Comparison of incidence, rate and length of all-cause hospital admissions between adults with normoglycaemia, impaired fasting glucose and diabetes: a retrospective cohort study in Geelong, Australia
journal contributionposted on 01.03.2018, 00:00 authored by Muhammad Amber Sajjad, Kara KewKara Kew, Lelia L F de Abreu, Mohammadreza MohebbiMohammadreza Mohebbi, Mark KotowiczMark Kotowicz, Daryl Pedler, Julie PascoJulie Pasco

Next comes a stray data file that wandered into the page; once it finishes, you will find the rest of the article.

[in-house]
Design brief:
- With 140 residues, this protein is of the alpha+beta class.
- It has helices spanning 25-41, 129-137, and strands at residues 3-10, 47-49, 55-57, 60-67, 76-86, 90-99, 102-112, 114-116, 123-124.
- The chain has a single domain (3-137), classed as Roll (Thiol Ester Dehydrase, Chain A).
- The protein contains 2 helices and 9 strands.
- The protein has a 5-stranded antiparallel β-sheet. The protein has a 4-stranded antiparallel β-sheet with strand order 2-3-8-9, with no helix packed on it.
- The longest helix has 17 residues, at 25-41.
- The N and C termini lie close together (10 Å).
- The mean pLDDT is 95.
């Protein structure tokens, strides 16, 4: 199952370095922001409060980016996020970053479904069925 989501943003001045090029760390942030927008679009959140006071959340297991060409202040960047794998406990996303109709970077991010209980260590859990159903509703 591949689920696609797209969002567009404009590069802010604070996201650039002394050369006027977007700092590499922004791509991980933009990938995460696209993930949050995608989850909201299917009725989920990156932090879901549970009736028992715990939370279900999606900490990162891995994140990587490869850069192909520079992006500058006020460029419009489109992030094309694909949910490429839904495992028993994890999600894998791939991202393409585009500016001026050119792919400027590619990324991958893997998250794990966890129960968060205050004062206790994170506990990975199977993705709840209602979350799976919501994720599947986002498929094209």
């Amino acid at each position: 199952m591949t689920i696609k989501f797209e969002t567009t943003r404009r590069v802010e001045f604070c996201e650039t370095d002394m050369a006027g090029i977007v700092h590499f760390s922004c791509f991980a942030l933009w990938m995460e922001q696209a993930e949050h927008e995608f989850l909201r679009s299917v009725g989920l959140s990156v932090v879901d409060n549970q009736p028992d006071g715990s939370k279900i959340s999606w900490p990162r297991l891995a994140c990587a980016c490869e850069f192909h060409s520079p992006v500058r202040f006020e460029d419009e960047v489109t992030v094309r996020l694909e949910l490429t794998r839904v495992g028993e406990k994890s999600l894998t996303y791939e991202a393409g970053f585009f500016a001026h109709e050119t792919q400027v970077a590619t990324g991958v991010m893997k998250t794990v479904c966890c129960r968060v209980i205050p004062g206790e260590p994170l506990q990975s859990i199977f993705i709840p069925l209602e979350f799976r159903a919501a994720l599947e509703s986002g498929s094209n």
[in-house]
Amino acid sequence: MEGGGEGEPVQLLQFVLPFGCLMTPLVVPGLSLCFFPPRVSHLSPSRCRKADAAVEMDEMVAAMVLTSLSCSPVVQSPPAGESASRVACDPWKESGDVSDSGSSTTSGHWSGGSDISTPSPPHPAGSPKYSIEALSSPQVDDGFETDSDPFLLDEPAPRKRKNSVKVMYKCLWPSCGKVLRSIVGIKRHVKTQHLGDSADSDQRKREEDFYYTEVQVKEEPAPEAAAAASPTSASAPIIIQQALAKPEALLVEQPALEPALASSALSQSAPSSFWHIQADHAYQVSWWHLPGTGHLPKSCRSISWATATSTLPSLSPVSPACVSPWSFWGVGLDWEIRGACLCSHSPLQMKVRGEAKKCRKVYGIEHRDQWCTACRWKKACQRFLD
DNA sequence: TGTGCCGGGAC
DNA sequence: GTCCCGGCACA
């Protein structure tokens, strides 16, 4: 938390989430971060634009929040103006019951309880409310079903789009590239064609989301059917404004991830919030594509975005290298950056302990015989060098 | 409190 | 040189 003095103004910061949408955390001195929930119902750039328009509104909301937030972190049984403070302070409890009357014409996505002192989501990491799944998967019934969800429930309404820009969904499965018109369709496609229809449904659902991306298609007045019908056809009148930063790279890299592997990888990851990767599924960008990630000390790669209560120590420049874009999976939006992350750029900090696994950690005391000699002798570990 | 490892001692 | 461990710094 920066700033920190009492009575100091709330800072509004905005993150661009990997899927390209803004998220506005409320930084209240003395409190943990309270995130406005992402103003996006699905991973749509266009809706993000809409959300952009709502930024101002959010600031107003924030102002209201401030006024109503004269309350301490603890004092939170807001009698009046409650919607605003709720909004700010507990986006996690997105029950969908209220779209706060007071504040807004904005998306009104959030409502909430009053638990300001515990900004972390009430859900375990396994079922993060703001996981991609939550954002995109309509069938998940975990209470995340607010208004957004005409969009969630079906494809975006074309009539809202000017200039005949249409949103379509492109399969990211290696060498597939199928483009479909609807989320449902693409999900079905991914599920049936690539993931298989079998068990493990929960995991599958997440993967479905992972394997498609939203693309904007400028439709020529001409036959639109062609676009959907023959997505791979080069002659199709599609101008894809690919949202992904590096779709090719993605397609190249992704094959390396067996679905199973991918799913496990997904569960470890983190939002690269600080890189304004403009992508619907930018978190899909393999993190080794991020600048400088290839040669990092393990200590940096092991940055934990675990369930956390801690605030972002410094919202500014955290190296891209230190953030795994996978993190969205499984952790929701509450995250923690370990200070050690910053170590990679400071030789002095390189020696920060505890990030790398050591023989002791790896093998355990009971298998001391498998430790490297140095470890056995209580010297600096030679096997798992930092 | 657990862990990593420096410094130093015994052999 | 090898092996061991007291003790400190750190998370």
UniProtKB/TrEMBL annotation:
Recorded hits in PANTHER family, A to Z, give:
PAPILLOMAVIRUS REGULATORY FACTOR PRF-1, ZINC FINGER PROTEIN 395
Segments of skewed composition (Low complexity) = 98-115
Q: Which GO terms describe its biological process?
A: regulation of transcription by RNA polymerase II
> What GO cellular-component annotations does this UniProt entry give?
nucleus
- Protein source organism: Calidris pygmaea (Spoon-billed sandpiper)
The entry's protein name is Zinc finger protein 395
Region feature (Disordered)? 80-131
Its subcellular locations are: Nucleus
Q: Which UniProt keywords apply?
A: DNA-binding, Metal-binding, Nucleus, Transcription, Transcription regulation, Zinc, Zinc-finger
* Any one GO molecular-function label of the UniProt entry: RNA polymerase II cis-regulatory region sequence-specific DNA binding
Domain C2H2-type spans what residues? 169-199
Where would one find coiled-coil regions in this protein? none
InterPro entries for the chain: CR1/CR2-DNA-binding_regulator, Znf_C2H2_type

OBJECTIVE: To determine whether adults with normoglycaemia, impaired fasting glucose (IFG) and diabetes differed according to the incidence, rate, length and primary reasons for hospital admission. DESIGN: Retrospective cohort study. SETTING: Barwon Statistical Division, Geelong, Australia. PARTICIPANTS: Cohort included 971 men and 924 women, aged 20+ years, participating in the Geelong Osteoporosis Study. Glycaemic status was assessed at cohort entry using fasting plasma glucose, use of antihyperglycaemic medication and/or self-report. PRIMARY AND SECONDARY OUTCOME MEASURES: Primary outcome measure was any admission to the major tertiary public hospital in the study region over the follow-up period. Secondary outcome measures were admission rate and length (days). RESULTS: Over a median follow-up of 7.4 years (IQR 5.3-9.6), participants with diabetes, compared with those with normoglycaemia, were two times as likely to be hospitalised (OR 2.07, 95% CI 1.42 to 3.02), had a higher admission rate (incidence rate ratio 1.61, 95% CI 1.17 to 2.23) and longer hospital stay (third quartile difference 7.7, 95% CI 1.3 to 14.1 and ninth decile difference 16.2, 95% CI 4.2 to 28.3). IFG group was similar to normoglycaemia for the incidence, rate and length of admission. Cardiovascular disease-related diagnoses were the most common primary reasons for hospitalisation across all glycaemic categories. CONCLUSIONS: Our results show increased incidence, rate and length of all-cause hospital admission in adults with diabetes as compared with normoglycaemia; however, we did not detect any associations for IFG. Interventions should focus on preventing IFG-to-diabetes progression and reducing cardiovascular risk in IFG and diabetes.